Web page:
This Pumpkin Pie Spice Recipe is a homemade spice blend that can be made in bulk and tweaked to your liking, perfect for flavoring all of your favorite fall treats!
It's officially September, and you know what that means. Not only is it (finally) socially acceptable, but it's actually encouraged to make, enjoy, and rave about pumpkin treats!
I usually kick off September with exactly such pumpkin treats. One year it was muffins, and another year it was baked oatmeal, and before that it was waffles. But this year, I decided to share the recipe that makes most all of those other pumpkin treats possible in the first place...a homemade Pumpkin Pie Spice recipe!
Y'all already know that I love making my own seasonings and dry spice mixes. Not only is it often more economical to mix up your own pantry staples, but you can also make them in bulk. AND, my favorite part is that you can tweak the ratios of the ingredients to your liking!
For example, I find cloves to be overpowering, but I think a tiny pinch of them is necessary to enhance and deepen the flavor of pumpkin and other fall treats. So I do add a small amount of cloves to my Pumpkin Pie Spice...but not too much!
So what exactly does it take to make your own Pumpkin Pie Spice at home? Well, I'm so glad you asked! It actually couldn't be simpler. It takes like two minutes and you'll just need five basic ground spices (that you most likely already have in your spice cabinet)...
And that's it! Cinnamon is the base ingredient in a good Pumpkin Pie Spice, but it's balanced out by a generous measure of ginger and nutmeg. And finally, smaller amounts of allspice and cloves add the perfect hint of warm spice.
How to Use Pumpkin Pie Spice
As for the next important question, when should you use Pumpkin Pie Spice? Well, I say use it whenever you darn well like! Using it in pumpkin pie and other pumpkin baked goods is probably the most obvious application, but it's also great anywhere else you would thinking of using pumpkin puree...stirred into oatmeal, blended into a smoothie, the possibilities go on and on!
Pumpkin Pie Spice is actually also great in any fall recipe that centers around cinnamon or other warm spices.
This works for sweet or savory recipes, from apple pie to squash soup to granola to candied nuts.
Seriously, y'all...don't feel restricted to using it only in the presence of pumpkin!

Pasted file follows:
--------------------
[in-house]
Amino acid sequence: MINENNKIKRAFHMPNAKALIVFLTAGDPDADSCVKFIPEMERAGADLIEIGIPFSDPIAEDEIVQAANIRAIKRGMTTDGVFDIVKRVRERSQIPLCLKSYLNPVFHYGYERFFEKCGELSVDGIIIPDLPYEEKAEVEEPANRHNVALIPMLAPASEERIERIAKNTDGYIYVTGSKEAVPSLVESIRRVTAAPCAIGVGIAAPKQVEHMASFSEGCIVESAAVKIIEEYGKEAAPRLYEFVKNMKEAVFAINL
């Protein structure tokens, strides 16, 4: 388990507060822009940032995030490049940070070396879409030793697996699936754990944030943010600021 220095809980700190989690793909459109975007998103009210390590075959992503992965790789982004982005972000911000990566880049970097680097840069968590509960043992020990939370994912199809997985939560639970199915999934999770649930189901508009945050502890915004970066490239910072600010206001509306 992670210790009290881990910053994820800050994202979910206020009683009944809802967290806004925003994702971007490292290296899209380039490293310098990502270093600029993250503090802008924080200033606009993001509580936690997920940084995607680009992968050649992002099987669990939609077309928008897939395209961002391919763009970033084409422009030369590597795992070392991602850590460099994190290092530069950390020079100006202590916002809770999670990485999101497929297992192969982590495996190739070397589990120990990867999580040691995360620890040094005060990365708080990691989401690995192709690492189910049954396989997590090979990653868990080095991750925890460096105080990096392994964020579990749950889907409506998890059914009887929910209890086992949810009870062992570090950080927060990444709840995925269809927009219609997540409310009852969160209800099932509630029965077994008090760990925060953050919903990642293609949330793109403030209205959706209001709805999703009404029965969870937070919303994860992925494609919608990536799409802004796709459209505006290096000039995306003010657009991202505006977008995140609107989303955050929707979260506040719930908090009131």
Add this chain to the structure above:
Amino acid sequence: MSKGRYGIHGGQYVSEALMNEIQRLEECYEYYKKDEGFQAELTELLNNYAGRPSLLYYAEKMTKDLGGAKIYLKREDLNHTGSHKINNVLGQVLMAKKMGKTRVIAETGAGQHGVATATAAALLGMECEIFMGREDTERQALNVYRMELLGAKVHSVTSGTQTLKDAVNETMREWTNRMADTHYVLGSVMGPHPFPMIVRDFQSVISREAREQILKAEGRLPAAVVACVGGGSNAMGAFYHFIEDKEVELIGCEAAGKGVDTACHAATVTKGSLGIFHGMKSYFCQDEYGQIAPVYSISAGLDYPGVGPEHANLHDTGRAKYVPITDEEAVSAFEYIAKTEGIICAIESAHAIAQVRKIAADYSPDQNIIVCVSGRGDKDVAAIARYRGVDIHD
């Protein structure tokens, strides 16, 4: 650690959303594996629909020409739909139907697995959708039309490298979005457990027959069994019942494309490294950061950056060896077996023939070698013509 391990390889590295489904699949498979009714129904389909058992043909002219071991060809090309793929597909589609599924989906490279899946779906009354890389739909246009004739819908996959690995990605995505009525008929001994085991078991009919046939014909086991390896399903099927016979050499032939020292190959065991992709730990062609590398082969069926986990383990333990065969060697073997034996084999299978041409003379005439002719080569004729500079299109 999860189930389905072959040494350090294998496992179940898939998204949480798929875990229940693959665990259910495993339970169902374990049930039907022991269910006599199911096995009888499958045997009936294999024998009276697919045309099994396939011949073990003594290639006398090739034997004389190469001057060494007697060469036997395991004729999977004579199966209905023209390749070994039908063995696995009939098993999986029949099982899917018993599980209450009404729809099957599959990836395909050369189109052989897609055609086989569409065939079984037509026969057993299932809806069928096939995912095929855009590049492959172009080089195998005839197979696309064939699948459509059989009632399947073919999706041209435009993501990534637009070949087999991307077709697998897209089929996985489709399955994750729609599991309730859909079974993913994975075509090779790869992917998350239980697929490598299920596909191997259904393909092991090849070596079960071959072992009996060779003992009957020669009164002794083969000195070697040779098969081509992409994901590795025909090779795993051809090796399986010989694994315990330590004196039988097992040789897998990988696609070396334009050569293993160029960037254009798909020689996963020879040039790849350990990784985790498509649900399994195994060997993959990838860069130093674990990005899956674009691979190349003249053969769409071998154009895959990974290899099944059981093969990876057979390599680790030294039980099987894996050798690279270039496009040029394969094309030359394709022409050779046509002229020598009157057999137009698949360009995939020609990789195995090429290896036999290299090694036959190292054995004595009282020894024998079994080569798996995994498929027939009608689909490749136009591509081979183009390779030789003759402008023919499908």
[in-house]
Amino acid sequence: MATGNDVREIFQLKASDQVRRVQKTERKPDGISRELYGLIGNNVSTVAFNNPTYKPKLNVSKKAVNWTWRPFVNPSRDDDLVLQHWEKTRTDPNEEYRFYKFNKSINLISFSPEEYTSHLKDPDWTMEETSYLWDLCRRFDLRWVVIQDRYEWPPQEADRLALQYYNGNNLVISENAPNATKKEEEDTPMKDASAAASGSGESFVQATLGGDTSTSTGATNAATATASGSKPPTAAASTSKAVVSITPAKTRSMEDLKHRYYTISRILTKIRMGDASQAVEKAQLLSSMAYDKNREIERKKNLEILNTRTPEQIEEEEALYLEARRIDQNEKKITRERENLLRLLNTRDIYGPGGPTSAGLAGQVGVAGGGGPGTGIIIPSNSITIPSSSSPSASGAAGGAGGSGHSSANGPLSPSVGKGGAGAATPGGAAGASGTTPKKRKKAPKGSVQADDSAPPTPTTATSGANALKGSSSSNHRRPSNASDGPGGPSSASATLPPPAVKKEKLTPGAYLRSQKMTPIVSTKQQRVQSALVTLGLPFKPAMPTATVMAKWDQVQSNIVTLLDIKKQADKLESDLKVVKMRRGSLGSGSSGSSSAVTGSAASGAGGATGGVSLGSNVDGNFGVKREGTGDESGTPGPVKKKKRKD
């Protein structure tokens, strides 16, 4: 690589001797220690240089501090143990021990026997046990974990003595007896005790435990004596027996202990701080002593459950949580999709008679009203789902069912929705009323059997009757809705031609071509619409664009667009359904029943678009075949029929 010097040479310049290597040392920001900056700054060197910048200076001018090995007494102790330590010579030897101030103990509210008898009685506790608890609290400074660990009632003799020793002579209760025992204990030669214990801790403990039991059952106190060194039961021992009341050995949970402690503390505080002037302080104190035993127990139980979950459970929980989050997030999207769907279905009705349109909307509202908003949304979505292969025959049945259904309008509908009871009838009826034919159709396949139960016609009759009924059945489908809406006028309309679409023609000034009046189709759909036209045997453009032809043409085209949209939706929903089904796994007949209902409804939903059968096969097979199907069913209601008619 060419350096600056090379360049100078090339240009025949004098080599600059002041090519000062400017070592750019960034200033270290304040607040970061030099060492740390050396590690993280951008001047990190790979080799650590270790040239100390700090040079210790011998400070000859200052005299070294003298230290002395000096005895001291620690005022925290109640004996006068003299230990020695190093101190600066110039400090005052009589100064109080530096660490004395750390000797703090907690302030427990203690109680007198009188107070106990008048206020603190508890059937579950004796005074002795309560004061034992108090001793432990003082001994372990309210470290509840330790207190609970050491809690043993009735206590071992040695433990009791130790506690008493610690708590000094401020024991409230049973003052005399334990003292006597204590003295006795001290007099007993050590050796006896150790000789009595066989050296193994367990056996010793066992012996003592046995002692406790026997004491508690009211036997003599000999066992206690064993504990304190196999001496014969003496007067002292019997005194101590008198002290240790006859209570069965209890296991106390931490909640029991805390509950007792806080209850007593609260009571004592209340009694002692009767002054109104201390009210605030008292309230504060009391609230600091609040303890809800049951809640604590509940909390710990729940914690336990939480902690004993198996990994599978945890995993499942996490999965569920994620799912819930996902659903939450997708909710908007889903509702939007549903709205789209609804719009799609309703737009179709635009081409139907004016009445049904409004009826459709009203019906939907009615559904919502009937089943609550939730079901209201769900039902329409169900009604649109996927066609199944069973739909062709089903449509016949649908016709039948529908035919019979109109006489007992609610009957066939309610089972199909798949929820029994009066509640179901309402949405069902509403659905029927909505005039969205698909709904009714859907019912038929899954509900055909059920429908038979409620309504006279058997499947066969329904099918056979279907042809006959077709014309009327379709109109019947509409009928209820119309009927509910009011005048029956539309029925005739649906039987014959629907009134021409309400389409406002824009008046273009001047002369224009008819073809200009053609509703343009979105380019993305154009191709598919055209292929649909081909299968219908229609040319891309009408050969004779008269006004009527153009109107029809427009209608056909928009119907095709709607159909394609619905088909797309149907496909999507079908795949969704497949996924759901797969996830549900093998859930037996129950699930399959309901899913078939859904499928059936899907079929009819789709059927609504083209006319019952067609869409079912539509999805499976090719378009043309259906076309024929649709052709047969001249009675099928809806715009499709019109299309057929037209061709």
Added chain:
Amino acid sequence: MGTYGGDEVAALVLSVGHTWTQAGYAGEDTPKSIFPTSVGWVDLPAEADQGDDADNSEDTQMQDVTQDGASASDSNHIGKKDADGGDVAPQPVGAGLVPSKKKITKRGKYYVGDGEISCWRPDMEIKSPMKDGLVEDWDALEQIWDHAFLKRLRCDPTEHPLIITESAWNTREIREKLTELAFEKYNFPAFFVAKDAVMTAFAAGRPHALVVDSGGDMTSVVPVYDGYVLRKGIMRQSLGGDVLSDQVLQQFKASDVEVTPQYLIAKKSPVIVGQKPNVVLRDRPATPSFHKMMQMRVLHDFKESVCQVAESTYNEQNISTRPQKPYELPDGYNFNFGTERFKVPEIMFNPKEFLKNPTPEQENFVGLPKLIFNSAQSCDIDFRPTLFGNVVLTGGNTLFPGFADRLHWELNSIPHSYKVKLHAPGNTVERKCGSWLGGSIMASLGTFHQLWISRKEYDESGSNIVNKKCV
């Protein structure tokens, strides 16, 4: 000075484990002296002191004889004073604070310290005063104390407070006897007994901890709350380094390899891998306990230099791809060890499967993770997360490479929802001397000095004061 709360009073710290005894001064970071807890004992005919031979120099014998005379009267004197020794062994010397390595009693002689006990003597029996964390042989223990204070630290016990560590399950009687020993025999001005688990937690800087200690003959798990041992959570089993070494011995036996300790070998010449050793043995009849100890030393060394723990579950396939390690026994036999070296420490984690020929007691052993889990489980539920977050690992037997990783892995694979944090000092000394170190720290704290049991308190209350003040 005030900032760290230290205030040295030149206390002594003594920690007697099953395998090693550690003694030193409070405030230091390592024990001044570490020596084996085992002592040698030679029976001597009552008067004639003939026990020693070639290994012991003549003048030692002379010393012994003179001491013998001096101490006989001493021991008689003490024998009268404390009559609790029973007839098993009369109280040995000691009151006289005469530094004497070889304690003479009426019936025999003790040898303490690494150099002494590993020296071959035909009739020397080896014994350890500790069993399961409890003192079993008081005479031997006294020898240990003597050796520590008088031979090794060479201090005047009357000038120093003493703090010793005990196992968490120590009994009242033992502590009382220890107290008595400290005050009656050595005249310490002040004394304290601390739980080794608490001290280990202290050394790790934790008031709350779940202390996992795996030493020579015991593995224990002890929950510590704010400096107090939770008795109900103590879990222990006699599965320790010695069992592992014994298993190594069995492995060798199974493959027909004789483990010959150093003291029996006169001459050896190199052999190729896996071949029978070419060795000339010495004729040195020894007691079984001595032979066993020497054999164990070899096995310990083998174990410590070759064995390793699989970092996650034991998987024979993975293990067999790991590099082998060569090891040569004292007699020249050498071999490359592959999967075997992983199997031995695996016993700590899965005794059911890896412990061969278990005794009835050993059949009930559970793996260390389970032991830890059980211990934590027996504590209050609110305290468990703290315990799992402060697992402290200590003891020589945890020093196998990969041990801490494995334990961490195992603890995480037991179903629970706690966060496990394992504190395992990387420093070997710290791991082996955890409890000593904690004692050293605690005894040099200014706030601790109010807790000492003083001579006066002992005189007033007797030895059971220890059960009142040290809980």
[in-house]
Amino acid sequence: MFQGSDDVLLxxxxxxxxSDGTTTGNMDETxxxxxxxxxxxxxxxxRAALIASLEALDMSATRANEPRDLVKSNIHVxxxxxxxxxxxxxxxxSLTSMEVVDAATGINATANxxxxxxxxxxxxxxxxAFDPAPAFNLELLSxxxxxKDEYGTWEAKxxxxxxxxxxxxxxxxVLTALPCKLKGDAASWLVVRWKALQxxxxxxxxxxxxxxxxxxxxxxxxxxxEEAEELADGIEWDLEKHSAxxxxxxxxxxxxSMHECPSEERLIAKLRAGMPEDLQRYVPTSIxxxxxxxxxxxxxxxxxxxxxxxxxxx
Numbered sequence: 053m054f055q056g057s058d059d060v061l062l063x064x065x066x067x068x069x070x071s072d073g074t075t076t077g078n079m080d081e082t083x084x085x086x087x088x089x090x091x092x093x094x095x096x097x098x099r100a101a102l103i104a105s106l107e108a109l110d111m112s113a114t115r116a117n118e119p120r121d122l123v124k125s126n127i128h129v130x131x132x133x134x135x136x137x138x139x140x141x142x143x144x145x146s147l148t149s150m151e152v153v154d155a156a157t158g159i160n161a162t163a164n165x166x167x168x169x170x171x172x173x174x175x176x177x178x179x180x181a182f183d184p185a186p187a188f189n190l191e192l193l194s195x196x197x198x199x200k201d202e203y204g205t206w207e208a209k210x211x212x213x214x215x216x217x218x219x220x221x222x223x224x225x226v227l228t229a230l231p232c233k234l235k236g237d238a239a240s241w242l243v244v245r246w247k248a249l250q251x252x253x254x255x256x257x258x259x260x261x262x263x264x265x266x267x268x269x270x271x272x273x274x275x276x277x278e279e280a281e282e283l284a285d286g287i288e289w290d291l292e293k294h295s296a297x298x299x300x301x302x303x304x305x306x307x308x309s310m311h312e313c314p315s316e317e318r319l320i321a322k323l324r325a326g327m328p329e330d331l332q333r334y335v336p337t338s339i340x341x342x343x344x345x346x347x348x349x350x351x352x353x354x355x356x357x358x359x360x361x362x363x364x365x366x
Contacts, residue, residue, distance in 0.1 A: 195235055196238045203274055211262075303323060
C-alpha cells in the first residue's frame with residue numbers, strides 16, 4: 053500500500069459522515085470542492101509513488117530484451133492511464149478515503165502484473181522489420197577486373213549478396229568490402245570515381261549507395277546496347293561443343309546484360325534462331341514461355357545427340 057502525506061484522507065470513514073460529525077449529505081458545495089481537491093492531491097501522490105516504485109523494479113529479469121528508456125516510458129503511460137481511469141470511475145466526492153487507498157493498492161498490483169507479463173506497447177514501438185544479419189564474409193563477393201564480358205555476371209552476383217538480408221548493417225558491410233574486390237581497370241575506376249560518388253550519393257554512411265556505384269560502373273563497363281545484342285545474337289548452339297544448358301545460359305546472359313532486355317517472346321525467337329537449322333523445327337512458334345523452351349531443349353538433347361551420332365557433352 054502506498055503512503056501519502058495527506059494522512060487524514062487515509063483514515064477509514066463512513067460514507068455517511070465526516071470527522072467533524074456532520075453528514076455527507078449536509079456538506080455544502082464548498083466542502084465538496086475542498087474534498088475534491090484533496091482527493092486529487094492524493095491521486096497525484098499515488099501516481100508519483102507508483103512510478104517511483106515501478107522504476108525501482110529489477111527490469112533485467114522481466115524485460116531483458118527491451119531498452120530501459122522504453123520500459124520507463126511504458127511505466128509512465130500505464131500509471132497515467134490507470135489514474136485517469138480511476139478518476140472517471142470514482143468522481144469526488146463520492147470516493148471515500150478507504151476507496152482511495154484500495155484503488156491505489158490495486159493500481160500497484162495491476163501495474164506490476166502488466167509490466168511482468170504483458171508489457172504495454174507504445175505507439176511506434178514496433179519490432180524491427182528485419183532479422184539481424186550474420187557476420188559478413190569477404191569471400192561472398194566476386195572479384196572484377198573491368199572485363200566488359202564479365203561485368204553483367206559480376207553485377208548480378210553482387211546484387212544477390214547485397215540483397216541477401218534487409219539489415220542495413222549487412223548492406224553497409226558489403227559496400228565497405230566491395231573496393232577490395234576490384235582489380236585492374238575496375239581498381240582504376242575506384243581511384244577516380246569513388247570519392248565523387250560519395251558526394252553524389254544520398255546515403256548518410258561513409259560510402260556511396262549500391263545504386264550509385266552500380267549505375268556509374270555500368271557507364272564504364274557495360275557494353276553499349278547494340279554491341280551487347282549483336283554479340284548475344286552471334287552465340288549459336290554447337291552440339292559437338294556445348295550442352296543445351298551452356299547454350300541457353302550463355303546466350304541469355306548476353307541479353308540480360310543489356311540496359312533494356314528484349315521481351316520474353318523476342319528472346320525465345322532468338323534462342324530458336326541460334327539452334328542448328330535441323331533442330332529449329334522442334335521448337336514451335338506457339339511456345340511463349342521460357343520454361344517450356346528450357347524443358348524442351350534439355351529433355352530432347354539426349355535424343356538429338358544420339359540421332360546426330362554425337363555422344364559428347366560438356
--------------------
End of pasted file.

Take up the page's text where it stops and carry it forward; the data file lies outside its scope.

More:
If you decide to use Pumpkin Pie Spice in a recipe that calls for cinnamon, or cinnamon plus other warm spices, simply add up the total amount of spices and substitute that much Pumpkin Pie Spice instead.
For example, my Pumpkin Gingersnap Icebox Cake calls for 1 tablespoon ground cinnamon, ½ teaspoon ginger, ¼ teaspoon nutmeg, ¼ teaspoon allspice, and a pinch of cloves. To save the time of measuring out each individual spice, I could simply substitute that same combined amount (1 tablespoon + 1 teaspoon) of homemade Pumpkin Pie Spice and the dessert would still turn out great!
So have I convinced you to whip up a batch of Pumpkin Pie Spice? I can assure you that you'll be reaching for it frequently over the fall and winter months. In fact, as much as I enjoy baking with pumpkin, I anticipate that I may go through more than one jar of this goodness before the end of the year. Care to join me??
Helpful Tips, Tricks, & Equipment
- Feel free to halve or double this recipe, depending on how often you bake with pumpkin!
- You can spoon your Pumpkin Pie Spice into a reusable spice shaker or an old spice jar. And if you're a fellow type-A owner of a label maker, you can use that to create a label for your jar.
- Or, you can download the cute free printable black and white spice jar label featured in this post HERE!
(Just make sure your scale is set to 100% -- or smaller -- before you print...
or you'll end up with a ginormous label!)
Recipes That Use Pumpkin Pie Spice
- Homemade Pumpkin Butter
- Pumpkin Pie Steel-Cut Oatmeal (with no burnt edges!)
- Pumpkin Cream Cold Brew
Pumpkin Pie Spice
- 3 tablespoons ground cinnamon
- 2 ½ teaspoons ground ginger
- 2 teaspoons ground nutmeg
- 1 ½ teaspoons ground allspice
- ½ teaspoon ground cloves
- Whisk the ingredients in a small bowl until thoroughly combined. Transfer to an airtight container.
Post originally published on September 6, 2018.